Mark Roemer image of an outdoor patio garden

Tips for Growing and Setting Up Your Patio Vegetable Garden

I, Mark Roemer, think you should consider establishing a patio vegetable garden if you want to grow food without needing a half-acre of property or a strong back. You only need a sunny area on a moderately flat surface, some pots, potting soil, and the necessary vegetables to get started growing today. I’ll walk you through the steps of creating and maintaining your patio vegetable garden in this article.

What is the ideal size for a patio vegetable garden?

Every season, I produce dozens of containers packed with vegetables on my patio as horticulture, but there’s no need to go to such lengths. Start small with a few pots your first year, then gradually extend your garden as you gain experience. Of course, if you want to jump in headfirst and go big right away, go for it. Patio vegetable gardening isn’t very expensive, and it doesn’t necessitate a lot of work after the first setup. Yes, you will need to care for your plants throughout the season (later on), but maintenance is minimal compared to an in-ground garden.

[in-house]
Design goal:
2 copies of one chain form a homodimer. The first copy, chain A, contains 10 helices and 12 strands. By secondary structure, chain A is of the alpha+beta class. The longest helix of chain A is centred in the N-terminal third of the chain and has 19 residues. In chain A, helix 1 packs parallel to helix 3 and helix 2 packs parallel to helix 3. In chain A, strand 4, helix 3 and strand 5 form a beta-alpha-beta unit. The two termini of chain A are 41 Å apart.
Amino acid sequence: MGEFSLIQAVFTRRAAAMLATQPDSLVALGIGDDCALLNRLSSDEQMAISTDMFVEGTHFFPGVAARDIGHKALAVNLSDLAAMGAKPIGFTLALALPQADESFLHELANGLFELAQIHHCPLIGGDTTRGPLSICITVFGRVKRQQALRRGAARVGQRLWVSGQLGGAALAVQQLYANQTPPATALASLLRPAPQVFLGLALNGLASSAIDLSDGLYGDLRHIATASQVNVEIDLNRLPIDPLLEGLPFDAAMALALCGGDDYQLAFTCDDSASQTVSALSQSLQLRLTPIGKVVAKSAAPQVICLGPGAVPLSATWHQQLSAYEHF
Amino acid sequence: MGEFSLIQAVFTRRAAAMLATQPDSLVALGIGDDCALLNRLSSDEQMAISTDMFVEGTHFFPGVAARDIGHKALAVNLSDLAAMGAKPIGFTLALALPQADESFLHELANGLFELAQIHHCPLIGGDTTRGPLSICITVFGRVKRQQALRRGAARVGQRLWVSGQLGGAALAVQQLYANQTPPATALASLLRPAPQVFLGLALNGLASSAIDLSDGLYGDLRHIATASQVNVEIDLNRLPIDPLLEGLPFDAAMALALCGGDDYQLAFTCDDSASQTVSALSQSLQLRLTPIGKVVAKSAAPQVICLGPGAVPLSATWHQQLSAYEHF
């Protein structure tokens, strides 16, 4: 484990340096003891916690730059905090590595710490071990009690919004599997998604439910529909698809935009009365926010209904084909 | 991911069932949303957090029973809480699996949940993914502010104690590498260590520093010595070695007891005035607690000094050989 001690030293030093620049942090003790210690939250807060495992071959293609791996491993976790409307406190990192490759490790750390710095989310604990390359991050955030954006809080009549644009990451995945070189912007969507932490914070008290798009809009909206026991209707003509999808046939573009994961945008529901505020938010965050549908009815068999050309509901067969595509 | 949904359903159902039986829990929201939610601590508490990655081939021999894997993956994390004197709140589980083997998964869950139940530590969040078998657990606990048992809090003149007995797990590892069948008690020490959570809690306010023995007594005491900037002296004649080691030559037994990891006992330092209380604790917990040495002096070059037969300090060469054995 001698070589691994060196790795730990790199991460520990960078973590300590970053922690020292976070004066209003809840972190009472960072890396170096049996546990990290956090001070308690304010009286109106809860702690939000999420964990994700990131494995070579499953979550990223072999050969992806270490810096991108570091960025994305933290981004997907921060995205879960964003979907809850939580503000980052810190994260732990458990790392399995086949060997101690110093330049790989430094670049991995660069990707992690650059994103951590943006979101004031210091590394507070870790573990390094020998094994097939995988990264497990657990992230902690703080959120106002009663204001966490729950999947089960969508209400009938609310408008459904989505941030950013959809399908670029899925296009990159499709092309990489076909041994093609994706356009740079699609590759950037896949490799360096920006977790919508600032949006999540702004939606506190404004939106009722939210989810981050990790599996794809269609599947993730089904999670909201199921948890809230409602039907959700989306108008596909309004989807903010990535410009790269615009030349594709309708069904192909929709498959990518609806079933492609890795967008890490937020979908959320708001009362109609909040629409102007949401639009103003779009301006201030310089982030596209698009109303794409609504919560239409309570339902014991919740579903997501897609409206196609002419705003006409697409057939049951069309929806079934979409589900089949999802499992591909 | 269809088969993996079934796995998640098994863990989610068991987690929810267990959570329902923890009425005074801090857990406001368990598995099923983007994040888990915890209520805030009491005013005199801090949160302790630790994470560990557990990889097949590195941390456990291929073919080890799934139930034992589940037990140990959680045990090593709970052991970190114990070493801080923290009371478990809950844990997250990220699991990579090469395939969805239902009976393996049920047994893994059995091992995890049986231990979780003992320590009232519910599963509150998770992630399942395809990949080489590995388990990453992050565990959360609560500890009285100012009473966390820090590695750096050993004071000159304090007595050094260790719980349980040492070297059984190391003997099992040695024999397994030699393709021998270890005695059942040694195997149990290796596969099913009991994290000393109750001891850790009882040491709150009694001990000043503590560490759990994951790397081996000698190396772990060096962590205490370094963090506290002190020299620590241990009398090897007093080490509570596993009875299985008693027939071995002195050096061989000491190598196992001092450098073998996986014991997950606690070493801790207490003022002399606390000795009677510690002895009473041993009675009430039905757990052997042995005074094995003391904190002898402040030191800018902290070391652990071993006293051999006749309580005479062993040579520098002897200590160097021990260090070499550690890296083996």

Ask yourself the following questions while deciding on the size of your patio vegetable garden:

  1. What is the size of your family?
  2. How many different vegetables do you wish to have?
  3. Do you have extra time to care for your plants during the summer?
  4. What is your available space?

Consider the answers to these questions as you plan, and keep in mind that there will be a learning curve to contend with.